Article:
This working paper explores the changing nature of work and what this means for government, employers, and workers. In particular, it focuses on the implications of digitalisation for skilled migration in high-income countries such as Australia.
A report commissioned by the NSW Architects Registration Board examines "the areas where architects add value to the economy beyond typical construction sector analysis" and defines "where value lies in the work of architects beyond the bricks-and-mortar value of the construction industry."
Enabled by the global distribution affordances of the Internet, increasing numbers of creative producers of the handmade—the majority of whom are women—are working from home as sole traders. Selling their wares via online marketplaces such as Etsy, such women often do so as a means...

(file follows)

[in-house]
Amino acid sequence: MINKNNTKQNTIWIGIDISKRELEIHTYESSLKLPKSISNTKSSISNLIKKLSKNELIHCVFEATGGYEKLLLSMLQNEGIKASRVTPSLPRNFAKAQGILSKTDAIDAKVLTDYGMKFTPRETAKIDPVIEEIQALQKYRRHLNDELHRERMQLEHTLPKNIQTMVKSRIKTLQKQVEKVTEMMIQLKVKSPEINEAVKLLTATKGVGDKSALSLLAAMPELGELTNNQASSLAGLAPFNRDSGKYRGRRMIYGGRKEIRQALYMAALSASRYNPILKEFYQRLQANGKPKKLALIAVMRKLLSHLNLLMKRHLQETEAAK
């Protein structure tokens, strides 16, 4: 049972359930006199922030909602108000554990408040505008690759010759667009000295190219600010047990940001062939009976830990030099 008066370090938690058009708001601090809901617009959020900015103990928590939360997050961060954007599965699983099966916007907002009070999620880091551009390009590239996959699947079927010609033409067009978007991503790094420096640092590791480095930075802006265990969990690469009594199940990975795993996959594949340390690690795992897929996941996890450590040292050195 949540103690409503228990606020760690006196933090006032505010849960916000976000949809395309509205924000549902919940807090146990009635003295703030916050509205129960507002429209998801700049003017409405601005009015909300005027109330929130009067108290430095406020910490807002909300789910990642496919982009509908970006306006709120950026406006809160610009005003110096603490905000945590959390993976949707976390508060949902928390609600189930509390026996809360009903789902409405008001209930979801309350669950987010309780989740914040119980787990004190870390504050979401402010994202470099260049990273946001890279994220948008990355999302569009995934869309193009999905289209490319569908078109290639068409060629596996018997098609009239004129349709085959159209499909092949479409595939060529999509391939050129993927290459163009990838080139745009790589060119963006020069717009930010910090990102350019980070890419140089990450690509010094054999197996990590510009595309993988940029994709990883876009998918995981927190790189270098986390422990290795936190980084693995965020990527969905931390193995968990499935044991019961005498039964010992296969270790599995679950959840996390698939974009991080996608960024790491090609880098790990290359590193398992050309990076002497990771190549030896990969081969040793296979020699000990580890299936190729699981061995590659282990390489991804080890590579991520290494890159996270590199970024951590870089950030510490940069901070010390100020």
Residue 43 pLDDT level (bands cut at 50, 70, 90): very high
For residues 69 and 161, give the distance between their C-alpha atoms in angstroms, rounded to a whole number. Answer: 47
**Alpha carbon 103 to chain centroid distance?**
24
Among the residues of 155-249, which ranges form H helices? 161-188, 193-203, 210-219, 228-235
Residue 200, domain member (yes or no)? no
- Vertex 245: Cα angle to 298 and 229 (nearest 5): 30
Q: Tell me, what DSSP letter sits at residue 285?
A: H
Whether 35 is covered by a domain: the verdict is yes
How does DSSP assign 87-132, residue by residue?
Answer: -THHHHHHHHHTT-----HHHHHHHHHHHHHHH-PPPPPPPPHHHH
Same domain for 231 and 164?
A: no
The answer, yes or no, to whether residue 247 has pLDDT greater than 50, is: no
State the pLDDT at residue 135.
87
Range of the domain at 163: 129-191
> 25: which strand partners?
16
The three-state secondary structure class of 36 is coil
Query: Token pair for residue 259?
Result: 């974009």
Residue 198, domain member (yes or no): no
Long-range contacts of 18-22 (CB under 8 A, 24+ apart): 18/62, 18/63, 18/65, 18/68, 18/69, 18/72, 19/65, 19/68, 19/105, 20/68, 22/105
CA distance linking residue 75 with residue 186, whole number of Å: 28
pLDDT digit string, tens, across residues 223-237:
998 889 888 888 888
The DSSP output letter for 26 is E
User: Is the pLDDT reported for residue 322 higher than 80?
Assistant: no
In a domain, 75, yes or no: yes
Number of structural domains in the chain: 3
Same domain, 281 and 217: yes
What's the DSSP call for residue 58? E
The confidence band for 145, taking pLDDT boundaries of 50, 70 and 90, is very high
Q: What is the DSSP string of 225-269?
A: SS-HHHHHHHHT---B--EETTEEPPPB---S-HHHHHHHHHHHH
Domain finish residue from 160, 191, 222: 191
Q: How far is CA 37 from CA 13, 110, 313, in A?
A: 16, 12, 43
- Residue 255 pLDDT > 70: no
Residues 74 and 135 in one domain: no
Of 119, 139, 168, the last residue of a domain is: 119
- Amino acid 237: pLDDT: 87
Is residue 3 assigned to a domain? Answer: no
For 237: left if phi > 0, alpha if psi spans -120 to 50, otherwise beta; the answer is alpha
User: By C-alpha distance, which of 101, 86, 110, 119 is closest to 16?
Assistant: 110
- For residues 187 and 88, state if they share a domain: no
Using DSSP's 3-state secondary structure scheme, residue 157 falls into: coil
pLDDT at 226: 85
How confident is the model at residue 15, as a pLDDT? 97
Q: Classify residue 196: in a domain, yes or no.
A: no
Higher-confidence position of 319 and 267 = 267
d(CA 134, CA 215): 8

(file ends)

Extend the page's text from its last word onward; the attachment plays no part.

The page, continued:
As part of the Arts for all Queenslanders Strategy development, Stuart Cunningham proposes a working concept of innovation for arts and cultural sector.
Innovation is an overworked buzzword, a cliché which any serious thinking person can see through immediately. If that is...
It is common to see public investment in infrastructure, such as next generation broadband. But should policy go beyond this? asks Hasan Bakhshi .
How should policy support the creative industries? Few question the importance of traditional supply-side measures: low corporate tax rates, an...
What does the "creative economy" mean in China and how might it be developed, asks MICHAEL KEANE
VIEWERS of the Beijing Olympic Games opening ceremony on the evening of 8 August 2008 witnessed the most impressively coordinated launch of any major global event. Superbly...
With the Australian economy undergoing rapid structural change, the nation and its policy-makers are faced with the question: where will the jobs of tomorrow come from? Supporting and growing those Australian industries that are well-placed to innovate and create the next wave of employment growth...